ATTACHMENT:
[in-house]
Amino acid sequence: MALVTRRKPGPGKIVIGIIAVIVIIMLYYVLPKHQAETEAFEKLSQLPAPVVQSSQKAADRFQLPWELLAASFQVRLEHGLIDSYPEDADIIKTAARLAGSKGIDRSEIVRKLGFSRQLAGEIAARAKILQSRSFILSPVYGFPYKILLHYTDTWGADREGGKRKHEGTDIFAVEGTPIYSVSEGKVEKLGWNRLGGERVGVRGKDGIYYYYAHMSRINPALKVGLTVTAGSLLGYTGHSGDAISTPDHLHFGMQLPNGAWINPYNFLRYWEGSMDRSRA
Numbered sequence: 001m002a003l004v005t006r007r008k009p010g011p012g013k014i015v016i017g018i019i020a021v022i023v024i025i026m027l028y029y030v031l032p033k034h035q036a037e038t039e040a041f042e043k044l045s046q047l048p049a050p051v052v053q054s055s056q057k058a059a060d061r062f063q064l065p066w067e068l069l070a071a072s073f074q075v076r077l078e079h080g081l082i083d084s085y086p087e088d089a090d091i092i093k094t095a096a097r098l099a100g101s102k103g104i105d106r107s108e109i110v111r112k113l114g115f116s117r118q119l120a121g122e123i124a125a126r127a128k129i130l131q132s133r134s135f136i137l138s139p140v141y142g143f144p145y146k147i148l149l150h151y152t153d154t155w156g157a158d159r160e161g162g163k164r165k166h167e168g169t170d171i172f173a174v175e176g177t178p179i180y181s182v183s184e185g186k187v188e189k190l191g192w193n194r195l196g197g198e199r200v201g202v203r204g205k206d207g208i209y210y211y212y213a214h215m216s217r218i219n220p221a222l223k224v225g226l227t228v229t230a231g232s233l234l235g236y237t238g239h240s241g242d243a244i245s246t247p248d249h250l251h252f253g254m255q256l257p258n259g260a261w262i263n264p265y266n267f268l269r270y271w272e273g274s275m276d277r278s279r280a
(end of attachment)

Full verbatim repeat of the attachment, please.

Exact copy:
[in-house]
Amino acid sequence: MALVTRRKPGPGKIVIGIIAVIVIIMLYYVLPKHQAETEAFEKLSQLPAPVVQSSQKAADRFQLPWELLAASFQVRLEHGLIDSYPEDADIIKTAARLAGSKGIDRSEIVRKLGFSRQLAGEIAARAKILQSRSFILSPVYGFPYKILLHYTDTWGADREGGKRKHEGTDIFAVEGTPIYSVSEGKVEKLGWNRLGGERVGVRGKDGIYYYYAHMSRINPALKVGLTVTAGSLLGYTGHSGDAISTPDHLHFGMQLPNGAWINPYNFLRYWEGSMDRSRA
Numbered sequence: 001m002a003l004v005t006r007r008k009p010g011p012g013k014i015v016i017g018i019i020a021v022i023v024i025i026m027l028y029y030v031l032p033k034h035q036a037e038t039e040a041f042e043k044l045s046q047l048p049a050p051v052v053q054s055s056q057k058a059a060d061r062f063q064l065p066w067e068l069l070a071a072s073f074q075v076r077l078e079h080g081l082i083d084s085y086p087e088d089a090d091i092i093k094t095a096a097r098l099a100g101s102k103g104i105d106r107s108e109i110v111r112k113l114g115f116s117r118q119l120a121g122e123i124a125a126r127a128k129i130l131q132s133r134s135f136i137l138s139p140v141y142g143f144p145y146k147i148l149l150h151y152t153d154t155w156g157a158d159r160e161g162g163k164r165k166h167e168g169t170d171i172f173a174v175e176g177t178p179i180y181s182v183s184e185g186k187v188e189k190l191g192w193n194r195l196g197g198e199r200v201g202v203r204g205k206d207g208i209y210y211y212y213a214h215m216s217r218i219n220p221a222l223k224v225g226l227t228v229t230a231g232s233l234l235g236y237t238g239h240s241g242d243a244i245s246t247p248d249h250l251h252f253g254m255q256l257p258n259g260a261w262i263n264p265y266n267f268l269r270y271w272e273g274s275m276d277r278s279r280a